Question Phrasing Can Affect Poll Results
February 8, 1999
Some professional pollsters are pointing out the pitfalls of their trade. They caution that how a poll question is worded often determines the numerical outcome.
A recent survey conducted by the National Law Journal asked "potential jurors" to agree or disagree with the statement: "Whatever a judge says the law is, jurors should do what they think is the right thing."
Analysts had these criticisms of the question:
- Experts note that on issues of relatively low salience, respondents have a strong tendency to agree with a reasonable sounding statement.
- When asked to agree or disagree with complex statements, respondents tend to focus on the last clause of the statement -- which would encourage them to look favorably on "doing the right thing."
- Any statement which begins with the word "whatever" tips the respondent off that the "correct" response is to disregard the clause that follows "whatever" and agree with the second half of the statement.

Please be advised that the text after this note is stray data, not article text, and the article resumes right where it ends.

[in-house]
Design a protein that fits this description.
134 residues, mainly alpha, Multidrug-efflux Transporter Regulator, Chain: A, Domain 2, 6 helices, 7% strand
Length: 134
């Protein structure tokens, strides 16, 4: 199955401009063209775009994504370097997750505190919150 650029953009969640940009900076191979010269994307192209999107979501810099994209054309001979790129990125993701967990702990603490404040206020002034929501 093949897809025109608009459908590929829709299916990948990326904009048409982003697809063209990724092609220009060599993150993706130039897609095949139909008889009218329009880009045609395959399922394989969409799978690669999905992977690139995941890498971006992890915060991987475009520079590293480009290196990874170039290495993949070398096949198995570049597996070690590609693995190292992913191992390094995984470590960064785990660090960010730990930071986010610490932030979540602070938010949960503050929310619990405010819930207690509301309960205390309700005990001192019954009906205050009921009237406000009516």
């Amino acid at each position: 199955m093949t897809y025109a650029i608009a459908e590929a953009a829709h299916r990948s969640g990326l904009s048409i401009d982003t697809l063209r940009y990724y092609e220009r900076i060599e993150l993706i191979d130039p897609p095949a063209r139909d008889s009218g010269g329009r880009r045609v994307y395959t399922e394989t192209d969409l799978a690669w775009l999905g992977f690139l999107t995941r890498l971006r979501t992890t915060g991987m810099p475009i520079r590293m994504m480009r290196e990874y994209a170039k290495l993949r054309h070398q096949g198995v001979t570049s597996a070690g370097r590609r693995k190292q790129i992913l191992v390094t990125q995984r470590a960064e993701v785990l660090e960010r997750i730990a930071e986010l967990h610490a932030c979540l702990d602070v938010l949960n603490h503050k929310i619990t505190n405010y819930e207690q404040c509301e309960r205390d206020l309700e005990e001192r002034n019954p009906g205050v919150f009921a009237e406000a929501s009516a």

Critics say that explains why three-quarters of those who responded to the question said they would ignore the judge's instructions if they didn't agree with them.
Yet when the question was phrased as: "Regardless of how they personally view the case they are hearing, jurors should always follow the instructions of the judge concerning the law in the case," 74 percent agreed -- a complete flip from the earlier response.
Poll experts advise readers to ask the following questions: "Who are those being sampled? What is the question format? How is the question worded? How large is the sample? Who commissioned the survey?
Source: Greg Schneiders and Jo Ellen Livingston (both of Frederick Schneiders Research), "Can You Trust the Polls? Well, Sometimes," Wall Street Journal, February 8, 1999.
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